LESSONS IN TISSUE ENGINEERING FROM EVOLUTION
Abstract: “Our real teacher has been and still is the embryo, who is, incidentally, the only teacher who is always right.” – Viktor Hamburger
Evolution has generated an enormous diversity of biological form. Given this diversity, it is highly likely that every tissue structure that one can imagine has been built by the embryo of one species or another. We are interested in uncovering the physical (mechanical) mechanisms by which epithelial sheets fold themselves into branching tubes in the embryo, and using those mechanisms to engineer tissues in culture. Over the past half century, developmental biologists have identified several biochemical signaling pathways and genetic control mechanisms necessary for tissue morphogenesis. In parallel, biological systems must obey Newton’s laws of motion, and physical forces need to be generated in order to sculpt simple populations of cells into complex tissue forms. Inspired by the evolutionary diversity of embryonic forms, we have created microfabrication- and lithographic tissue engineering-based approaches to investigate the mechanical forces and downstream signaling pathways that are responsible for generating the airways of the lung. I will discuss how we combine these experimental techniques with computational models to uncover the physical forces that drive morphogenesis. I will also describe efforts to uncover and actuate the different physical mechanisms used to build the airways in lungs from birds, mammals, and reptiles.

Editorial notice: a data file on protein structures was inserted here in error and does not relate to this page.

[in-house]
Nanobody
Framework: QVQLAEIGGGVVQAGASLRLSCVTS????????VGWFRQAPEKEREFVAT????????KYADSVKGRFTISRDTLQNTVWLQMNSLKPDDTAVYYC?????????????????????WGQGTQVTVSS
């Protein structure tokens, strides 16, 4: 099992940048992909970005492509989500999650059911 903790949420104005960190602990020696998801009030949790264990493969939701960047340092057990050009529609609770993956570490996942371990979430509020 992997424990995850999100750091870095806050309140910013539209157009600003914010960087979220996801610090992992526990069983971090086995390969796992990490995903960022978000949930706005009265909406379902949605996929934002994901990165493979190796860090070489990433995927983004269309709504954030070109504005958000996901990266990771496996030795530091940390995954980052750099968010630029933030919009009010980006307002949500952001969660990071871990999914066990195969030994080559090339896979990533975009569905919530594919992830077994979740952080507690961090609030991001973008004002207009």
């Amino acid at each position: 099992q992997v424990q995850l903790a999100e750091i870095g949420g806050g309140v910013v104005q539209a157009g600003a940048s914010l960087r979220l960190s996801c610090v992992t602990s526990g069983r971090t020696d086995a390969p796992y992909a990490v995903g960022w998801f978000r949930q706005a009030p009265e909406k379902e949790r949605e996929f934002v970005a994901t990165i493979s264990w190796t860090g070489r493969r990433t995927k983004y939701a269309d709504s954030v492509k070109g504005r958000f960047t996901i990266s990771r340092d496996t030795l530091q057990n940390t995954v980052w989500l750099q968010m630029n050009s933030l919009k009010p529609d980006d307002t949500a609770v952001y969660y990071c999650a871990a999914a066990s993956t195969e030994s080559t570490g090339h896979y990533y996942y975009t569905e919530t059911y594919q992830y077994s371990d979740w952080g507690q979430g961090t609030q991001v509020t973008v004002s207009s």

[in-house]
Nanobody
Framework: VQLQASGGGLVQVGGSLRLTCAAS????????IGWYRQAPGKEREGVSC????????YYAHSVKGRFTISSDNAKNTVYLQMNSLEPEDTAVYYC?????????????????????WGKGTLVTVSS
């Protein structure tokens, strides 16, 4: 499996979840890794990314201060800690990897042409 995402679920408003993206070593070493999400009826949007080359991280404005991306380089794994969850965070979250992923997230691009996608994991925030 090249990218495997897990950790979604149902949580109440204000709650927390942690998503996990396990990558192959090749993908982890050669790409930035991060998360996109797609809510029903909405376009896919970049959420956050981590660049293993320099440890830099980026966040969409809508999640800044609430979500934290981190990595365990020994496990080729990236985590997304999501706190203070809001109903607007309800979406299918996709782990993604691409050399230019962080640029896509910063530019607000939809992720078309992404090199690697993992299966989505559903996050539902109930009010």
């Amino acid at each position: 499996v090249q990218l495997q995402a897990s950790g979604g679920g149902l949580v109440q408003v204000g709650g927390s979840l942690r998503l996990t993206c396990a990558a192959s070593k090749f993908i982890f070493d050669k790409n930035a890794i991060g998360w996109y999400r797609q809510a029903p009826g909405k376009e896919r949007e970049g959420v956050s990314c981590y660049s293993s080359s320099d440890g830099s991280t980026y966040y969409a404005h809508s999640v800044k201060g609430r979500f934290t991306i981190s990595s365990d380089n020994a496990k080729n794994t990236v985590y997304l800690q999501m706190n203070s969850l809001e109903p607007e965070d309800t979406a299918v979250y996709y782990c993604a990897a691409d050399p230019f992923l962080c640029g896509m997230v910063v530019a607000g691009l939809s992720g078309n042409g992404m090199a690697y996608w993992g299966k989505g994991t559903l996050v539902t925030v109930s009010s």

Biography: Celeste M. Nelson is the Wilke Family Professor in Bioengineering and a Professor in the Departments of Chemical & Biological Engineering and Molecular Biology at Princeton University. She earned S.B. degrees in Chemical Engineering and Biology at MIT in 1998, a Ph.D. in Biomedical Engineering from the Johns Hopkins University School of Medicine in 2003, followed by postdoctoral training in Life Sciences at Lawrence Berkeley National Laboratory until 2007. Her laboratory specializes in using engineered tissues and computational models to understand how mechanical forces direct developmental patterning events during tissue morphogenesis and during disease progression. She has authored more than 140 peer-reviewed publications. Dr. Nelson’s contributions to the fields of tissue mechanics and morphogenesis have been recognized by a number of awards, including a Burroughs Wellcome Fund Career Award at the Scientific Interface (2007), a Packard Fellowship (2008), a Sloan Fellowship (2010), the MIT TR35 (2010), the Allan P. Colburn Award (2011), a Dreyfus Teacher-Scholar Award (2012), and a Faculty Scholar Award from the Howard Hughes Medical Institute (2016).
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